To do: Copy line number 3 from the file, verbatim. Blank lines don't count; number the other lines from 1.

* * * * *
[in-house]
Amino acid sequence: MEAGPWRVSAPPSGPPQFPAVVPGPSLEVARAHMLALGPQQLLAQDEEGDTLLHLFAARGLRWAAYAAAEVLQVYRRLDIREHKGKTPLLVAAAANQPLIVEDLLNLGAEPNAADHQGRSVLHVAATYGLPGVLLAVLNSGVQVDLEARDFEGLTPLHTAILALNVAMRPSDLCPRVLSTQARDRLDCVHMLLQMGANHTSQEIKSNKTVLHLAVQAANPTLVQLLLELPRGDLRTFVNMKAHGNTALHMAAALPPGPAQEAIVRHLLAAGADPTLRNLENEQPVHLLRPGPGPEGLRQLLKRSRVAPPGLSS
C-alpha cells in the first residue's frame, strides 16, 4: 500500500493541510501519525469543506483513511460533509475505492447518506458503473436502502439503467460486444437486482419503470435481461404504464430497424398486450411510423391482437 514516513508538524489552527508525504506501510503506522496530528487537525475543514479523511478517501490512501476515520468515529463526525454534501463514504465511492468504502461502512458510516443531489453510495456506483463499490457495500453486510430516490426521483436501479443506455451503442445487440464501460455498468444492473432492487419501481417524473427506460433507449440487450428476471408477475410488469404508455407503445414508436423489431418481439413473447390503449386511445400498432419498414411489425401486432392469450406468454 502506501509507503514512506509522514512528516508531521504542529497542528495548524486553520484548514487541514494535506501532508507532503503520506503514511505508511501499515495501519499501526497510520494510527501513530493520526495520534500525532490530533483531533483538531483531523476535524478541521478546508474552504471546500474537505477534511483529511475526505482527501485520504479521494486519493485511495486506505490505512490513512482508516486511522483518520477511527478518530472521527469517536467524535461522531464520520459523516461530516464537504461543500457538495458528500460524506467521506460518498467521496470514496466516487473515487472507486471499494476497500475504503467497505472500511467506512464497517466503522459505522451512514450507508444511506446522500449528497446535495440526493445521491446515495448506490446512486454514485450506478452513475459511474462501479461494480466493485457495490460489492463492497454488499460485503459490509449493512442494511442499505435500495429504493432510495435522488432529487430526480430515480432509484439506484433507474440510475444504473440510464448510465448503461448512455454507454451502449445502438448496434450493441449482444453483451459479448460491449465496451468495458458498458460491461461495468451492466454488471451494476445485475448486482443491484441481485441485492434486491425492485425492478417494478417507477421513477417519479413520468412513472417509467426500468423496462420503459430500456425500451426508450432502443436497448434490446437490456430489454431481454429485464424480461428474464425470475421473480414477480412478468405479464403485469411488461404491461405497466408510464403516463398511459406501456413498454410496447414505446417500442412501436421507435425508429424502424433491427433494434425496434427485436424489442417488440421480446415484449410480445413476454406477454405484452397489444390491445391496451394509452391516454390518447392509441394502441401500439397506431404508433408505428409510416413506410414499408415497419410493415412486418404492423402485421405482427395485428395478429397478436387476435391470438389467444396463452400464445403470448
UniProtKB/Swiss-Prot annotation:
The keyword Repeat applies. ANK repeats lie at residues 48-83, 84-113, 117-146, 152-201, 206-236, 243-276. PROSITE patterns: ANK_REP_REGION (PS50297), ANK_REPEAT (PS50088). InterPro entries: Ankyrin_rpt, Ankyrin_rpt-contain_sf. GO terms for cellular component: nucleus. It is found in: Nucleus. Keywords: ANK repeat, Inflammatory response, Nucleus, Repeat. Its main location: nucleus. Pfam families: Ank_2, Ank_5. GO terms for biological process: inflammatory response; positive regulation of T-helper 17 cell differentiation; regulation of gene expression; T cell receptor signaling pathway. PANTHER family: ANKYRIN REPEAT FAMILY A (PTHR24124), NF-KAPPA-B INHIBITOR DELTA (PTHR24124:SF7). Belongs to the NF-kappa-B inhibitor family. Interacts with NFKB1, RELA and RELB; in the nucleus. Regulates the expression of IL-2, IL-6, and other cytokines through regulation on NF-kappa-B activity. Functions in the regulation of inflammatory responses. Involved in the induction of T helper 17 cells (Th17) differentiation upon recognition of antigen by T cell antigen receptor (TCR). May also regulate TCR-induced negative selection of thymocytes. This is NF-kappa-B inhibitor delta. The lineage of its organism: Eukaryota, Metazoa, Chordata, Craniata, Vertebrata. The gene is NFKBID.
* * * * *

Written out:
C-alpha cells in the first residue's frame, strides 16, 4: 500500500493541510501519525469543506483513511460533509475505492447518506458503473436502502439503467460486444437486482419503470435481461404504464430497424398486450411510423391482437 514516513508538524489552527508525504506501510503506522496530528487537525475543514479523511478517501490512501476515520468515529463526525454534501463514504465511492468504502461502512458510516443531489453510495456506483463499490457495500453486510430516490426521483436501479443506455451503442445487440464501460455498468444492473432492487419501481417524473427506460433507449440487450428476471408477475410488469404508455407503445414508436423489431418481439413473447390503449386511445400498432419498414411489425401486432392469450406468454 502506501509507503514512506509522514512528516508531521504542529497542528495548524486553520484548514487541514494535506501532508507532503503520506503514511505508511501499515495501519499501526497510520494510527501513530493520526495520534500525532490530533483531533483538531483531523476535524478541521478546508474552504471546500474537505477534511483529511475526505482527501485520504479521494486519493485511495486506505490505512490513512482508516486511522483518520477511527478518530472521527469517536467524535461522531464520520459523516461530516464537504461543500457538495458528500460524506467521506460518498467521496470514496466516487473515487472507486471499494476497500475504503467497505472500511467506512464497517466503522459505522451512514450507508444511506446522500449528497446535495440526493445521491446515495448506490446512486454514485450506478452513475459511474462501479461494480466493485457495490460489492463492497454488499460485503459490509449493512442494511442499505435500495429504493432510495435522488432529487430526480430515480432509484439506484433507474440510475444504473440510464448510465448503461448512455454507454451502449445502438448496434450493441449482444453483451459479448460491449465496451468495458458498458460491461461495468451492466454488471451494476445485475448486482443491484441481485441485492434486491425492485425492478417494478417507477421513477417519479413520468412513472417509467426500468423496462420503459430500456425500451426508450432502443436497448434490446437490456430489454431481454429485464424480461428474464425470475421473480414477480412478468405479464403485469411488461404491461405497466408510464403516463398511459406501456413498454410496447414505446417500442412501436421507435425508429424502424433491427433494434425496434427485436424489442417488440421480446415484449410480445413476454406477454405484452397489444390491445391496451394509452391516454390518447392509441394502441401500439397506431404508433408505428409510416413506410414499408415497419410493415412486418404492423402485421405482427395485428395478429397478436387476435391470438389467444396463452400464445403470448